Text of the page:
Margaret Bourke-White: The Photography of Design, 1927-1936
Phillips Collection, 2003 - Photography - 207 pages
Margaret Bourke-White is best known as the first staff photographer of Fortune magazine, the first female war correspondent, and the woman whose photographs made the covers of Life magazine famous. But before she began traveling throughout the world to document history in the making, Bourke-White was creating evocative abstract photographs of American industry and architecture. Margaret Bourke-White: Photography of Design, 1927-1936 examines for the first time the works produced during this preeminent photographer's critical early years.
It was in a photography class as a freshman at Columbia University that Bourke-White was first exposed to the work of Arthur Wesley Dow and the abstract style that quickly came to characterize her own work. Upon moving to Cleveland in 1927, Bourke-White began creating abstract photographs of the city's industrial architecture, an unusual subject for a female photographer at that time. The world of machines and technology was a familiar one for Bourke-White, however, whose father was an engineer and inventor. And the monumental forms, geometric shapes, and cold steel of industrial plants and their machines lent themselves perfectly to the abstract style Bourke-White had already developed in her work.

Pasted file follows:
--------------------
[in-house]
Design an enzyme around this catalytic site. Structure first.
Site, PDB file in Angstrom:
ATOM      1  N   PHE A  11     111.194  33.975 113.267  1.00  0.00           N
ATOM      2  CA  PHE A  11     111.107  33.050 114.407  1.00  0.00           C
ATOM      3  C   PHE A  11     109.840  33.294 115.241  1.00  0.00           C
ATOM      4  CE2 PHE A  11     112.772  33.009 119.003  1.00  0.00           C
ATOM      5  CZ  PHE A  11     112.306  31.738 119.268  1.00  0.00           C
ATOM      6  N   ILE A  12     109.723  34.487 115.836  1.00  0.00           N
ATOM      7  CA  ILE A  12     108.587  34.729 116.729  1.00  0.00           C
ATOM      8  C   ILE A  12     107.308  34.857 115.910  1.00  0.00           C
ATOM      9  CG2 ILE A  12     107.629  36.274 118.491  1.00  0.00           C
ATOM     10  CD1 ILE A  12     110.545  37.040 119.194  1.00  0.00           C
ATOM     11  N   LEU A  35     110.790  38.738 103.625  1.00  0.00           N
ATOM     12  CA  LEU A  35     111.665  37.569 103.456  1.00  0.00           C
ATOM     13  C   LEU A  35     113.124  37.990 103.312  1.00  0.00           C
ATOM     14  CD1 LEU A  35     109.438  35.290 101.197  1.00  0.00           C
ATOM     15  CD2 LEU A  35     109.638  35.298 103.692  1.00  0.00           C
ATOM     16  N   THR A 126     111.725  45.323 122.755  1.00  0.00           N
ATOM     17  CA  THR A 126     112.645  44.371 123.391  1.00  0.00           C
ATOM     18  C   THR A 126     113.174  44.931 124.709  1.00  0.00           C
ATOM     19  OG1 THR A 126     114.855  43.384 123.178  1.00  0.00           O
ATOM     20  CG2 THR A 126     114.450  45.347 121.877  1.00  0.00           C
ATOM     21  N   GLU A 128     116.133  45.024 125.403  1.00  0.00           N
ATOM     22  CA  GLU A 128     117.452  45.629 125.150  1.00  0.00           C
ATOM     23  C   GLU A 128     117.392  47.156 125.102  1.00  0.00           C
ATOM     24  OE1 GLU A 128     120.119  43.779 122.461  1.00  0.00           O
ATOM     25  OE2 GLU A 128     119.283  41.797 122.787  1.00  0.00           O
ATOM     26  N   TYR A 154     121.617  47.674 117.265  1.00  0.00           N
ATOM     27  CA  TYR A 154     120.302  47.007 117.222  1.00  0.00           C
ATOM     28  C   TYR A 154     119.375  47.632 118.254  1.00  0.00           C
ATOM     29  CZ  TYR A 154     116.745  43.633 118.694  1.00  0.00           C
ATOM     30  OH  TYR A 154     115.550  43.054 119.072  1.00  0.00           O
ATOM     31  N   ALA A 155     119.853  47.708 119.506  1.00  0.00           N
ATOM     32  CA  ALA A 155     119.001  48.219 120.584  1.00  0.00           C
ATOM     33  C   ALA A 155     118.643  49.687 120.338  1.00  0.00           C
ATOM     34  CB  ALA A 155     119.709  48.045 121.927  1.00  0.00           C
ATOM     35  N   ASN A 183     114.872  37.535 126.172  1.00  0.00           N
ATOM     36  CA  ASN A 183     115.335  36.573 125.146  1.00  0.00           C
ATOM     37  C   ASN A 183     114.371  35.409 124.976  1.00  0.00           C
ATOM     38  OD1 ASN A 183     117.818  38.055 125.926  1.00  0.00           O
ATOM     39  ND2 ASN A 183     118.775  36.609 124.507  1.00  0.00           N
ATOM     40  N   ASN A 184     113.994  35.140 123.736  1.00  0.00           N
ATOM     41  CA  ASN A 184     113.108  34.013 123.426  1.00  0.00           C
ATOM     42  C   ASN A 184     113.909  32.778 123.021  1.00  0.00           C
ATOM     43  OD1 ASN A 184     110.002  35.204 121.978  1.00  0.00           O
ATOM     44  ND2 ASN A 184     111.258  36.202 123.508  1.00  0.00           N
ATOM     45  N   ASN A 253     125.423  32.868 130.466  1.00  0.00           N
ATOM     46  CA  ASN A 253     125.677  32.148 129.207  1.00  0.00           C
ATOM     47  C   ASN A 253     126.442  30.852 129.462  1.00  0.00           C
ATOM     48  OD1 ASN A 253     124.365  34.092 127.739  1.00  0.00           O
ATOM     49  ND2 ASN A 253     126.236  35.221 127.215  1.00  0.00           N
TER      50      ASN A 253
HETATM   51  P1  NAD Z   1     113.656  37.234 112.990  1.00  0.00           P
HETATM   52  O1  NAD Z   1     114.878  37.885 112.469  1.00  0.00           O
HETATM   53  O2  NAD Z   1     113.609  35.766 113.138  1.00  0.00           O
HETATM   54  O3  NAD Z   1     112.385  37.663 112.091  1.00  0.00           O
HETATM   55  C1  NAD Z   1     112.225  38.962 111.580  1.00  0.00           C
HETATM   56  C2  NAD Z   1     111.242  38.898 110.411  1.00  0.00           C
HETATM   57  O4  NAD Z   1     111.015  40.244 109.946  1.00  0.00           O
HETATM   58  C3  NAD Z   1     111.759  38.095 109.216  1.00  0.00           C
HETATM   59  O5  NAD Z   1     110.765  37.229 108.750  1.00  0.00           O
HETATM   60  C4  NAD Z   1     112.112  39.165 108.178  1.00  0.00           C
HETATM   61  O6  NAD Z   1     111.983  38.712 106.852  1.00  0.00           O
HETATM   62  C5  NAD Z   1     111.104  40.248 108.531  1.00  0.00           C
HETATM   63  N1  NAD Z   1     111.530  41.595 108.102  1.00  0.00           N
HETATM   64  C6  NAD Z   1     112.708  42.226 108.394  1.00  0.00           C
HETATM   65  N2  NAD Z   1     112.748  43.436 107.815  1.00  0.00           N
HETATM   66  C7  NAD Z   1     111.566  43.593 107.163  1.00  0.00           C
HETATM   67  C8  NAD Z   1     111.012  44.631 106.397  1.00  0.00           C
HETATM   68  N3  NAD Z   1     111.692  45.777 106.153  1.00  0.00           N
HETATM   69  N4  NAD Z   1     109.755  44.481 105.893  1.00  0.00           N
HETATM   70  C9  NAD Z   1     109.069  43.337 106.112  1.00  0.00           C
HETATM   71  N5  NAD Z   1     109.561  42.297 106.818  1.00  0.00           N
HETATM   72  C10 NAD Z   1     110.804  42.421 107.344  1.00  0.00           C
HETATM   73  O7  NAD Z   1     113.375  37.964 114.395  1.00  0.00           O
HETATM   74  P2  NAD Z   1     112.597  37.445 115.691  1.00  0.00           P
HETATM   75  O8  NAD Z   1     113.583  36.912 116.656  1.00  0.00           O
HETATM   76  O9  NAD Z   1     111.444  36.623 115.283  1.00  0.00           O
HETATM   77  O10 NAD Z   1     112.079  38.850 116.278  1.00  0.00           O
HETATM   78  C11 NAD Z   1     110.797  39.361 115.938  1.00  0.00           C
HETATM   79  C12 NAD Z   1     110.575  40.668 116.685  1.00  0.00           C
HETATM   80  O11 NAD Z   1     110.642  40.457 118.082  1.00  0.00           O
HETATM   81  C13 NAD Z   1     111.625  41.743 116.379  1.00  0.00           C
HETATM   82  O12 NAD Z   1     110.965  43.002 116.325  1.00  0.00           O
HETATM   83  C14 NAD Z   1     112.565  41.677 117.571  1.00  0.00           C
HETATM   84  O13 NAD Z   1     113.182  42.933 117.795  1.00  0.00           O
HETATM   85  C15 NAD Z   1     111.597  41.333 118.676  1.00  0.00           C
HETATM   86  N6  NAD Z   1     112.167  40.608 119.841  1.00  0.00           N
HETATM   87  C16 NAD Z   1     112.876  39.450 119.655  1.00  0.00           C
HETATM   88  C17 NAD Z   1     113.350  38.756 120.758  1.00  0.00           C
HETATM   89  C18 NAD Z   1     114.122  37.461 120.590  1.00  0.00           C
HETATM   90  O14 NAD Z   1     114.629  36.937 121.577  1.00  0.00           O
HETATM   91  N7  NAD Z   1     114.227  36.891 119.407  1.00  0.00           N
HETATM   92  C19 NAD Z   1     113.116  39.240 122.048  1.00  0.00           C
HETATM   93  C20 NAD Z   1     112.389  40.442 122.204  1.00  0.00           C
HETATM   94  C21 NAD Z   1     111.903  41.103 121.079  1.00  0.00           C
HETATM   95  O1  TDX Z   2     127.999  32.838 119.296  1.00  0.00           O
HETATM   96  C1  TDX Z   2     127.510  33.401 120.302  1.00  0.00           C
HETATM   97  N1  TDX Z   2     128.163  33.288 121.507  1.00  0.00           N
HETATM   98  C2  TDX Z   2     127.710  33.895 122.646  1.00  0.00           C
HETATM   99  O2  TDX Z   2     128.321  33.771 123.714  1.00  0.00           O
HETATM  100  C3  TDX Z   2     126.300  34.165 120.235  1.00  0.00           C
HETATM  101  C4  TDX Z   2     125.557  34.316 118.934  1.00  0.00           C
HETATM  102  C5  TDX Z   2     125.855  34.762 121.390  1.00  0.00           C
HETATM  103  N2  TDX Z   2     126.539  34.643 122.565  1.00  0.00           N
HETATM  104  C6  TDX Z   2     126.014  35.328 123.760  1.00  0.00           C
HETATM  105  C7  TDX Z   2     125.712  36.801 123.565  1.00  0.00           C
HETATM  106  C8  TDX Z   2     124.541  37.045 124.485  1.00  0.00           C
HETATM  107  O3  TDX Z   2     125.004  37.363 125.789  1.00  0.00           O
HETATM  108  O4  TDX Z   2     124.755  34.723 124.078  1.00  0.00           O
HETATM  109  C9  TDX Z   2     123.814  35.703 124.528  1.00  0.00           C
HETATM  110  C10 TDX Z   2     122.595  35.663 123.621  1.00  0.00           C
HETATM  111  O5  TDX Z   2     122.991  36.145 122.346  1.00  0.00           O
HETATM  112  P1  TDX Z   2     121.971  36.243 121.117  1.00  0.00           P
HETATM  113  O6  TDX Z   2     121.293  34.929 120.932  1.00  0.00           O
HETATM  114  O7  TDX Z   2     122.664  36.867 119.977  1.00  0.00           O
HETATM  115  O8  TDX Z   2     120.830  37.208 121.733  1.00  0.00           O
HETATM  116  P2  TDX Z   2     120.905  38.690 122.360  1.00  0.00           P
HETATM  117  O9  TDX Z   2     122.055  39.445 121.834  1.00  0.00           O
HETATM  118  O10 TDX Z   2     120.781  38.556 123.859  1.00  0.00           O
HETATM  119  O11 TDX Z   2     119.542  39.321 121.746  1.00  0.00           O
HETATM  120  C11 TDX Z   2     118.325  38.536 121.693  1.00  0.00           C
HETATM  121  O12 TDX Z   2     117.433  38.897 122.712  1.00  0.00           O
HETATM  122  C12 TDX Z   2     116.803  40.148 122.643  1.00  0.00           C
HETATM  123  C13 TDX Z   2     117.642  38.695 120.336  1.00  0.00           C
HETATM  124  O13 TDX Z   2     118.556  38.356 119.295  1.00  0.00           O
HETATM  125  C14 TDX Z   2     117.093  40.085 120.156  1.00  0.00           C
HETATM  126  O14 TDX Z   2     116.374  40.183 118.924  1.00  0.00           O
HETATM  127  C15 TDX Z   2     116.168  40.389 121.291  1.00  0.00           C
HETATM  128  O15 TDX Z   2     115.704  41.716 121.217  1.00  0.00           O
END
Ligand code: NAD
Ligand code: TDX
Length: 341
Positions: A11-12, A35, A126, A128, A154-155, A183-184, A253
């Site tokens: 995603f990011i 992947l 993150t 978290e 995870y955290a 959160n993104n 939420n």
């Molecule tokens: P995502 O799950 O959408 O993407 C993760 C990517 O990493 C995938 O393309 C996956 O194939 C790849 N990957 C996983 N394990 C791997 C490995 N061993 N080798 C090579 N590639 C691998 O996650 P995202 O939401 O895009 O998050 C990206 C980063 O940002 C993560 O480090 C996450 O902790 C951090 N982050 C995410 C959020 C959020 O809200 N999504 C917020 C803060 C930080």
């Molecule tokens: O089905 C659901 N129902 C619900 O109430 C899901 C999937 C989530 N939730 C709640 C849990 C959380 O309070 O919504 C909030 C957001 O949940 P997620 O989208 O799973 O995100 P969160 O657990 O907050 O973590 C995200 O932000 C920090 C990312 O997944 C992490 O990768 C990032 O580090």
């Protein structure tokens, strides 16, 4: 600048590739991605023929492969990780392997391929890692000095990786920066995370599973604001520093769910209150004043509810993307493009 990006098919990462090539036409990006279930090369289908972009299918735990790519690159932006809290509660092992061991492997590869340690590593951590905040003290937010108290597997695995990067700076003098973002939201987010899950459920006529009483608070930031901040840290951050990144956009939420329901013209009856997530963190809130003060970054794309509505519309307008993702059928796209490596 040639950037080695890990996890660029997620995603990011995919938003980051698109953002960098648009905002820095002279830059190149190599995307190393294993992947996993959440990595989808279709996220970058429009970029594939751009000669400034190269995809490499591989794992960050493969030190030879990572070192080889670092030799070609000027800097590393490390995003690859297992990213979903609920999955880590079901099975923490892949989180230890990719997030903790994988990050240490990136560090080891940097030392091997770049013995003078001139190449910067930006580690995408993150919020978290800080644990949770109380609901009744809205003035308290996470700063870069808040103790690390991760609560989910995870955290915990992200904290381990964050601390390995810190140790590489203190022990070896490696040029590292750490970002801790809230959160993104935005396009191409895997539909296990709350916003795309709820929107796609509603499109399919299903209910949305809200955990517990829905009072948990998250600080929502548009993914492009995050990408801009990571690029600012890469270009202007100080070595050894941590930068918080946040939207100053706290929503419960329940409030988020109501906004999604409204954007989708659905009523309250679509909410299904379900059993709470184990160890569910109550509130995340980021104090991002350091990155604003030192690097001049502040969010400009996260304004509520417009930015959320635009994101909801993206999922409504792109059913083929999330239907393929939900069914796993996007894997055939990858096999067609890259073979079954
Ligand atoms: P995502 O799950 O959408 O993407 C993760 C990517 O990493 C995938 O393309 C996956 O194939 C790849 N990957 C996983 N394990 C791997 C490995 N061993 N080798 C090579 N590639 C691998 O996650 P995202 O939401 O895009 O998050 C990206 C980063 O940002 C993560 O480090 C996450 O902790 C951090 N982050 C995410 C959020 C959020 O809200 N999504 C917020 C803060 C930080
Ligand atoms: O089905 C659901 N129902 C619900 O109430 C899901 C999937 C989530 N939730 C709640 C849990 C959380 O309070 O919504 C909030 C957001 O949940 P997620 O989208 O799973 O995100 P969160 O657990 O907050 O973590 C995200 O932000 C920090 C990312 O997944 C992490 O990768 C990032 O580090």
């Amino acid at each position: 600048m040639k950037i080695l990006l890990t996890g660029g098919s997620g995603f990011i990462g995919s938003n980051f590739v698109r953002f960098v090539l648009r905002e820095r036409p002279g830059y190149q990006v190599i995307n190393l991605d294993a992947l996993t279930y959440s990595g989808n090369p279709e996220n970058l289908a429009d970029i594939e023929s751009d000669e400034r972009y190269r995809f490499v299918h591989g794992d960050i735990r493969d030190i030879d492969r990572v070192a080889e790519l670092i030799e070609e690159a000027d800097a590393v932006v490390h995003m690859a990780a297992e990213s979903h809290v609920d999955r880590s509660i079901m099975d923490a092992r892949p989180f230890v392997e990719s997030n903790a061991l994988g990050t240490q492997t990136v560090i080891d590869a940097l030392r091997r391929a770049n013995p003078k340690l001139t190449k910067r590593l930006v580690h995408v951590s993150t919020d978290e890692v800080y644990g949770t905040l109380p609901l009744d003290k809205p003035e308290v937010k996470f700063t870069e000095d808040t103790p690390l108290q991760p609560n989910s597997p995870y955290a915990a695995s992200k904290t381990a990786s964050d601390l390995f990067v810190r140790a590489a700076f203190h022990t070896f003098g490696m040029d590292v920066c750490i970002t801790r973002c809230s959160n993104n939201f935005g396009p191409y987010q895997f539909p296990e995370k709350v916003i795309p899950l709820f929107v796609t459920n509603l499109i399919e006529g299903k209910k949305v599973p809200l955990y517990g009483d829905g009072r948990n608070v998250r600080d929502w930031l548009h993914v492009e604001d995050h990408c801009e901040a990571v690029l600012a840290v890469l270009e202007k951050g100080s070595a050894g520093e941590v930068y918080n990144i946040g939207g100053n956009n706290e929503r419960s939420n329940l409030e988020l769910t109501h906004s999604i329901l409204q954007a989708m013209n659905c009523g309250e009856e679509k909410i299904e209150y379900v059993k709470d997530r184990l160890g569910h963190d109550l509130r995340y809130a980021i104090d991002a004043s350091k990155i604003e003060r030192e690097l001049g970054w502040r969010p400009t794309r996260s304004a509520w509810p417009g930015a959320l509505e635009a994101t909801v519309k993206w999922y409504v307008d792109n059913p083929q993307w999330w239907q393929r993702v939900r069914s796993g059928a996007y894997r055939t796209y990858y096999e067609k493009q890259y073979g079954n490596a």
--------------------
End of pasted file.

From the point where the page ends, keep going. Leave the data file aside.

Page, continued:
The resulting sparse, yet powerful compositions of American industry rivaled the similarly-themed paintings of Precisionist artists Charles Sheeler and Charles Demuth, and quickly pushed Bourke-White's work to the forefront of American abstraction. It was on the basis of these early photographs, icons of American strength and steadfastness in uncertain times, that Henry Luce offered Bourke-White a job shooting images for the pages of Fortune. When he launched Life magazine in 1936, Bourke-White's photograph of the Fort Peck Dam in Montana graced the first cover.
Margaret Bourke-White: Photography of Design, 1927-1936 is a groundbreaking volume, an exploration of the first decade of the career of a remarkable photographer. An essay by Stephen Bennett Phillips chronicles these years and interprets the work produced, much of which has never before been published. This book is the companion to the nationwide traveling exhibition of the same name, organized by The Phillips Collection in Washington, D.C.